16-421: Vision Sensors
This course covers the fundamentals of vision cameras and other sensors - how they function, how they are built, and how to use them effectively. The course presents a journey through the fascinating five hundered year history of "camera-making" from the early 1500's "camera obscura" through the advent of film and lenses, to today's mirror-based and solid state devices (CCD, CMOS). The course includes a significant hands-on component where students learn how to use the sensors and understand, model and deal with the uncertainty (noise) in their measurements. While the first half of the course deals with conventional "single viewpoint" or "perspective" cameras, the second half of the course covers much more recent "multi-viewpoint" or "multi-perspective" cameras that includes a host of lenses and mirrors.
16-823: Physics-Based Methods in Computer Vision
Everyday we observe an extraordinary array of light and color phenomena around us, ranging from the dazzling effects of the atmosphere, the complex appearances of surfaces and materials and underwater scenarios. For a long time, artists, scientists and photographers have been fascinated by these effects, and have focused their attention on capturing and understanding these phenomena. In this course, we take a computational approach to modeling and analyzing these phenomena, which we collectively call as "visual appearance". The first half of the course focuses on the physical fundamentals of visual appearance, while the second half of the course focuses on algorithms and applications in a variety of fields such as computer vision, graphics and remote sensing and technologies such as underwater and aerial imaging. This course unifies concepts usually learnt in physical sciences and their application in imaging sciences. The course will also include a photography competition in addition to analytical and practical assignments.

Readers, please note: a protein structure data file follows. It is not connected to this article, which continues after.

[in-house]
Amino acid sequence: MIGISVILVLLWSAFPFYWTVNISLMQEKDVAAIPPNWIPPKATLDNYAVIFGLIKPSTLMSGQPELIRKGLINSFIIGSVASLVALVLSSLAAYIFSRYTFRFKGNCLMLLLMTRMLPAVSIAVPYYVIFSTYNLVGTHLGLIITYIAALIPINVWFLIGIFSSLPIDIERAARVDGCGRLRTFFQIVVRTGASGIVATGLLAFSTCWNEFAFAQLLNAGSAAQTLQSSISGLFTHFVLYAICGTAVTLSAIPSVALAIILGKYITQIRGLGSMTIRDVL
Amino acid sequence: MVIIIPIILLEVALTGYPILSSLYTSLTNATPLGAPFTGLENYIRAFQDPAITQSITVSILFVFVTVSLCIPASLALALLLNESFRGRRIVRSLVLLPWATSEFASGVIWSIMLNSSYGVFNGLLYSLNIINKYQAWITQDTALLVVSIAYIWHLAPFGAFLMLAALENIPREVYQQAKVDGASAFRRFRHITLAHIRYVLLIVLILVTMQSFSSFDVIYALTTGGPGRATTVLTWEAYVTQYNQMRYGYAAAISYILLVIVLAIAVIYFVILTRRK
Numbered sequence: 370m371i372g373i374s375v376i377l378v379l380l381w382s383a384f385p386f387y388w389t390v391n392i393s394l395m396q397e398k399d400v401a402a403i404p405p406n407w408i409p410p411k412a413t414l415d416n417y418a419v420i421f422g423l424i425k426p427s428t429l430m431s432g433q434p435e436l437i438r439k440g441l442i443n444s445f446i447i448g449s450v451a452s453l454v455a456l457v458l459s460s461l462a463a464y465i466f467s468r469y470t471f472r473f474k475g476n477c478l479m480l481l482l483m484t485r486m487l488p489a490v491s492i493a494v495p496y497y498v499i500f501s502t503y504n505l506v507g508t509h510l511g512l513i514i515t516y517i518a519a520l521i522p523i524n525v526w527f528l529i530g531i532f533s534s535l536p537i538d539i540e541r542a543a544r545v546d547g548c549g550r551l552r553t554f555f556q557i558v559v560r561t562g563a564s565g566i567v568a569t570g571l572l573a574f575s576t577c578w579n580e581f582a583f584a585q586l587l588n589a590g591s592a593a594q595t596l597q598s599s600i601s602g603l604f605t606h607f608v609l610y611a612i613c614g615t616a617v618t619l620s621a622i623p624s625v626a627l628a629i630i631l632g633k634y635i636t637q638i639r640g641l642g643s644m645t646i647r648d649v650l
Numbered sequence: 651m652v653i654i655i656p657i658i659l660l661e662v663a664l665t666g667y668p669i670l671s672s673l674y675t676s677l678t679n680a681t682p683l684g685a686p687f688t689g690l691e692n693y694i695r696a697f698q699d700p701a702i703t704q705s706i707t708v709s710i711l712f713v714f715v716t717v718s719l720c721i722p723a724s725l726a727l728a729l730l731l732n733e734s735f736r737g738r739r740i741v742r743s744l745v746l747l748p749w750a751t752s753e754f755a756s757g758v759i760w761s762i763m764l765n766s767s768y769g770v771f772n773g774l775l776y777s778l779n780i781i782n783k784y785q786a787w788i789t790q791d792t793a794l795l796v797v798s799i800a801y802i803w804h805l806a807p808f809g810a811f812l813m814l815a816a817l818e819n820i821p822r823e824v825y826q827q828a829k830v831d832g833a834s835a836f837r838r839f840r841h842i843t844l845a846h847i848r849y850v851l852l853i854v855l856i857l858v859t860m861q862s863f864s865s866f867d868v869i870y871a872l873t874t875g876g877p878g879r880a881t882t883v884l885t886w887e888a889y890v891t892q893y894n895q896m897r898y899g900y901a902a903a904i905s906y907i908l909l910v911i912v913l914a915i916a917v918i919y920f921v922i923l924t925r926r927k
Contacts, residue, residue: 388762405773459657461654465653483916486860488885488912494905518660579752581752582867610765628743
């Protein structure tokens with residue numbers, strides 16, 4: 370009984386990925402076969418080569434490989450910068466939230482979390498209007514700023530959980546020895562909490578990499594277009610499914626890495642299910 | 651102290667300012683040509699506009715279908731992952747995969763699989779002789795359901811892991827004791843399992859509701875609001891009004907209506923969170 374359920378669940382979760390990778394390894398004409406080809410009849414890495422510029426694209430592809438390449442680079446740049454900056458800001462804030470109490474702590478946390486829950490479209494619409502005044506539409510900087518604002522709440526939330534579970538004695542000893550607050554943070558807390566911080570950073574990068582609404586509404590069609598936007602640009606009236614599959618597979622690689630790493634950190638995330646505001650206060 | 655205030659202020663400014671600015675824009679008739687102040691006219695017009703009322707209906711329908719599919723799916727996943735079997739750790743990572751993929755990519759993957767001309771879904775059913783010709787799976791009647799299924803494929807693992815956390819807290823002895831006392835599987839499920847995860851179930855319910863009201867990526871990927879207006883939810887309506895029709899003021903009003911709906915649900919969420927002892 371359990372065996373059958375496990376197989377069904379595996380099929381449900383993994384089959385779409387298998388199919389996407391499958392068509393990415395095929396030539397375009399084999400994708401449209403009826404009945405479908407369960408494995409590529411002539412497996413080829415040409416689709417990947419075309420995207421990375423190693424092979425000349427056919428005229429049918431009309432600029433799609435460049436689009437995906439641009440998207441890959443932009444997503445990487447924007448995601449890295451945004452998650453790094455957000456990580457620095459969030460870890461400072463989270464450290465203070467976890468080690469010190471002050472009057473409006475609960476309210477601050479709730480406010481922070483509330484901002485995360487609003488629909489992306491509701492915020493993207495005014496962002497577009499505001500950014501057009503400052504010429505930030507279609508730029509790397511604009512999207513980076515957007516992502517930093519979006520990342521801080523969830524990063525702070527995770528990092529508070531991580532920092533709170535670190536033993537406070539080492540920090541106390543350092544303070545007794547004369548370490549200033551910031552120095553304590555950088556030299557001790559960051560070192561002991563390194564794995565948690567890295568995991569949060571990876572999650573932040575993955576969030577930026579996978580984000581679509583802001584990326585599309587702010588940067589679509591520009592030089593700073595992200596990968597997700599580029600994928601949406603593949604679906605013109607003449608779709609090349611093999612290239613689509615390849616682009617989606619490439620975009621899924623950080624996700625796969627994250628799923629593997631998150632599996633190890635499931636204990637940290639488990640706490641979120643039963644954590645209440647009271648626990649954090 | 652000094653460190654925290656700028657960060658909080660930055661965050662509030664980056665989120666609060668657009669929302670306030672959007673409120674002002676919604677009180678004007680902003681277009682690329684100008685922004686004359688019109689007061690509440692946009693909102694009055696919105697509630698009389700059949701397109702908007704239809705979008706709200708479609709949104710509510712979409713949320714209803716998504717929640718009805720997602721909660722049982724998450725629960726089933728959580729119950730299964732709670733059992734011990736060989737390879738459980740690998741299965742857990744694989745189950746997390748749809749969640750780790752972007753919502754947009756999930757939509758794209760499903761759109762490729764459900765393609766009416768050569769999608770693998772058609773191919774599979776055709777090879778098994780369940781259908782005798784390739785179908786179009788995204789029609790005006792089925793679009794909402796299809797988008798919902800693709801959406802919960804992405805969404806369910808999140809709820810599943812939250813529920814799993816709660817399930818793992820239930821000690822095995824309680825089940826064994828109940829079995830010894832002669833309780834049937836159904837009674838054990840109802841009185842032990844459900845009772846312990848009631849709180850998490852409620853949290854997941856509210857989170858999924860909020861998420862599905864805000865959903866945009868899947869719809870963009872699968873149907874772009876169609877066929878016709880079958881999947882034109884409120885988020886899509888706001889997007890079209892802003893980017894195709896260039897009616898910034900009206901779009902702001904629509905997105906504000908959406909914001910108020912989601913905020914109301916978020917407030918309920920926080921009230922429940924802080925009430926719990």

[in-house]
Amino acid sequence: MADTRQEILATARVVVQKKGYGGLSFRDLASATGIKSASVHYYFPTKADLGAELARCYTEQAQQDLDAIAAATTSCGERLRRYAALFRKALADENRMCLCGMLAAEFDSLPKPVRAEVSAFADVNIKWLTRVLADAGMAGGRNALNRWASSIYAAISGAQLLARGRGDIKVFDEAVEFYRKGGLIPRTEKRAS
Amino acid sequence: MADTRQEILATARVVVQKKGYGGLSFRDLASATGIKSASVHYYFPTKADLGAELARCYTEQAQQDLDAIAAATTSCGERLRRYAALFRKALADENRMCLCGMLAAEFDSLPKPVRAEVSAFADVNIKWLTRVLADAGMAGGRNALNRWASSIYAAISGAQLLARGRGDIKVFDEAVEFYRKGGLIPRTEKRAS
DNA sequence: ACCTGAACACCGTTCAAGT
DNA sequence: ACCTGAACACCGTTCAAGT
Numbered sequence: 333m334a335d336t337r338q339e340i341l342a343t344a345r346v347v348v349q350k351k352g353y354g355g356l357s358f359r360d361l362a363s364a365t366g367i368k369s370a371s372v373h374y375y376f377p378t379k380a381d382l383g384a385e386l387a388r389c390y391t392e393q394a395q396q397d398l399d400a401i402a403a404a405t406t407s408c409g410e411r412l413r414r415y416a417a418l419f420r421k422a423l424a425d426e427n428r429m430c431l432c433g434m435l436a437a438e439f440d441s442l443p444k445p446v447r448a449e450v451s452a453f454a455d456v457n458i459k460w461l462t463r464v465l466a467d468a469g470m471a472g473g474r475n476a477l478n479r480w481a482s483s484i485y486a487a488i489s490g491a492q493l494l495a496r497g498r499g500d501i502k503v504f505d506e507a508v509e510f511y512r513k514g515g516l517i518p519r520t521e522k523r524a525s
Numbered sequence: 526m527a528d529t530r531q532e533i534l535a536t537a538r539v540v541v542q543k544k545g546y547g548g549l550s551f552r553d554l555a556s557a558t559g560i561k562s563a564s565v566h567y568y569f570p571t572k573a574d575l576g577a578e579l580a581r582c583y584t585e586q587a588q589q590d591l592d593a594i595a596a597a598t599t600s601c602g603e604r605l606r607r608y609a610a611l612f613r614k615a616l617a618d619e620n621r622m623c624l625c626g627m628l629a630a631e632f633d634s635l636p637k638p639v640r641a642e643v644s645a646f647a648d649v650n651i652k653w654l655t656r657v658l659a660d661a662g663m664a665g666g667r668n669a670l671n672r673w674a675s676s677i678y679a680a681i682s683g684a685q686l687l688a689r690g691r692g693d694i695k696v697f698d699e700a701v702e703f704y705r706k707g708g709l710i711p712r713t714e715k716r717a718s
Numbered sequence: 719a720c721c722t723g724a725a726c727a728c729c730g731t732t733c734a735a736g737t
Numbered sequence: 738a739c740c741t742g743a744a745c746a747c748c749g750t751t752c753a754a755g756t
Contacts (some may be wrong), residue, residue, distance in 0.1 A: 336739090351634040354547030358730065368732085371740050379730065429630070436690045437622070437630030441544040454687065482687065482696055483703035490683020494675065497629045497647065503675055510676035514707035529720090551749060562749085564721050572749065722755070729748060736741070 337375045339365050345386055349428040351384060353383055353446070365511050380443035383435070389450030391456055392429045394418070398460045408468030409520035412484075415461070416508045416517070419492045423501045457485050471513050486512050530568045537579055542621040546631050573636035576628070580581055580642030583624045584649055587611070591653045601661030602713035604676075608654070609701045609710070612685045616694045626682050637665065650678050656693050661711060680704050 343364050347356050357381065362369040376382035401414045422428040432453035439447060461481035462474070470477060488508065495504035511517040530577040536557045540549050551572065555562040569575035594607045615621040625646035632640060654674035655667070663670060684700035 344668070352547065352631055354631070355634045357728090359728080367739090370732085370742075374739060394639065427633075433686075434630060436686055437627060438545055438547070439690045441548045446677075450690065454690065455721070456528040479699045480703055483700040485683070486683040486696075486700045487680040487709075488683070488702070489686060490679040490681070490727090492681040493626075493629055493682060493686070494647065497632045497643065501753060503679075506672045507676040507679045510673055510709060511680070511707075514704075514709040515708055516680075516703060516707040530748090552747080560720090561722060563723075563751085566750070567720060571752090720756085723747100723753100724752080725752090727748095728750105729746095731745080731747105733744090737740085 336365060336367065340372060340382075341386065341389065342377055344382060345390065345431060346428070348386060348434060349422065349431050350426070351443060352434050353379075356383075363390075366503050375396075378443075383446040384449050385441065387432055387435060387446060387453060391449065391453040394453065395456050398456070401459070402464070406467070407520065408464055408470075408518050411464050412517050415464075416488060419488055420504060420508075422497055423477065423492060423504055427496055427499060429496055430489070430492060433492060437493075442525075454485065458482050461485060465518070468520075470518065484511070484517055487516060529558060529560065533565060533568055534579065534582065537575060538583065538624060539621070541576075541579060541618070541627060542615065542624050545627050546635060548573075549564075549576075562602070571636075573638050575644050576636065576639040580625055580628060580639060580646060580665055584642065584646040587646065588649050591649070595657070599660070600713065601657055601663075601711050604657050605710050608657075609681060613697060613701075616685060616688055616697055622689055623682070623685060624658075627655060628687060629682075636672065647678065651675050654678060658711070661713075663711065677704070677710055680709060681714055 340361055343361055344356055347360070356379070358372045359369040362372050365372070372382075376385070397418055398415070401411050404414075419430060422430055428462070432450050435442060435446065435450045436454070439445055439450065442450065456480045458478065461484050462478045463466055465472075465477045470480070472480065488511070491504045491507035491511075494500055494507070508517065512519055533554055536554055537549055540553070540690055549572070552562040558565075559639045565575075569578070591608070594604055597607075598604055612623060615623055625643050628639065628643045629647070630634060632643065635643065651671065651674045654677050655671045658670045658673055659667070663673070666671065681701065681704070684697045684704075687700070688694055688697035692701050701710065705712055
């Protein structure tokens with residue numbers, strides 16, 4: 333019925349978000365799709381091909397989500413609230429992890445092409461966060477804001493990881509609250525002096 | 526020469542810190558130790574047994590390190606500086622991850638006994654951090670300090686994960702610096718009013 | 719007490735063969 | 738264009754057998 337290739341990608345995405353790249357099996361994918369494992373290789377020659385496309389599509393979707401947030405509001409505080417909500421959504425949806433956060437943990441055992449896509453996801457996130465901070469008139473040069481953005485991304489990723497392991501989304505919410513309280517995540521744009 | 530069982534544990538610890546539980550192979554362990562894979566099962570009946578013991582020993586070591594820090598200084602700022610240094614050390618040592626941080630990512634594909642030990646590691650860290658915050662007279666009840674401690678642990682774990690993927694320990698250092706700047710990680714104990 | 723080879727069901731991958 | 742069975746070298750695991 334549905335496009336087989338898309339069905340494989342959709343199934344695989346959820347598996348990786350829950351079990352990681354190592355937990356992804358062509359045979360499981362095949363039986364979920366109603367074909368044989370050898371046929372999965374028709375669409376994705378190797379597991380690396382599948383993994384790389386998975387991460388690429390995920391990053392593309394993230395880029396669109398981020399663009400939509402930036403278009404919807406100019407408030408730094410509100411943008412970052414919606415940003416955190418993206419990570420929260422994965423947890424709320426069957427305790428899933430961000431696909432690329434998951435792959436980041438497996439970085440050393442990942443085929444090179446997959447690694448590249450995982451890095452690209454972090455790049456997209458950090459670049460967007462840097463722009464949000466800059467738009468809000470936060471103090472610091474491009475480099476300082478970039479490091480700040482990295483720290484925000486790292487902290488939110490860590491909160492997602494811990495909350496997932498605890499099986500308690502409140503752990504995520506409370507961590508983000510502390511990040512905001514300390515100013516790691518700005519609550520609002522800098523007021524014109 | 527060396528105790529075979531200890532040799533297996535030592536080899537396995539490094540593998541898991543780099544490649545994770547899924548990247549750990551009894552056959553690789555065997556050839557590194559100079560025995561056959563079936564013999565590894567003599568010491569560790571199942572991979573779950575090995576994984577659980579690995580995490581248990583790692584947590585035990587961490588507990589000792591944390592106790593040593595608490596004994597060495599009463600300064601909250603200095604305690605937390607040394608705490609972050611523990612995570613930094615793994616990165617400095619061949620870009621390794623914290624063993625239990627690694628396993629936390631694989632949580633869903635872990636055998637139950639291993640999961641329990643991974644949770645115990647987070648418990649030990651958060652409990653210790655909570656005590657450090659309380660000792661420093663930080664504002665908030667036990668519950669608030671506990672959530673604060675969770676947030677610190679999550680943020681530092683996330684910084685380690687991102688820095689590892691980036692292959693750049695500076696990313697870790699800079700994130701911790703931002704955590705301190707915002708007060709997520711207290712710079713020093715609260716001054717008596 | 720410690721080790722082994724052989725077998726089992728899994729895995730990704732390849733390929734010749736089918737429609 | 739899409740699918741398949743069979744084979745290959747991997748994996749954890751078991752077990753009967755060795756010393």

15-385/15-685: Undergraduate Computer Vision
Undergraduate Computer Vision focuses on cameras and their optics, biological cameras, image processing, surface reflection, lightness and perception, 3D from shading, binocular stereo, optical flow, range scanning and structured light, and more.
15-462: Undergraduate Computer Graphics
This course provides a comprehensive introduction to computer graphics modeling, animation, and rendering. Topics covered include basic image processing, geometric transformations, geometric modeling of curves and surfaces, animation, 3-D viewing, visibility algorithms, shading, and ray tracing. The programming assignments in this course will be written in C++ and require knowledge of mathematics involving matrices, vectors, etc. Therefore successful completion of the following courses is required: 15-213/18-243 [Introduction to Computer Systems] and either 18-202 [Mathematical Foundations of Electrical Engineering] or both 21-241 [Matrix Algebra], and 21-259 [Calculus in Three Dimensions].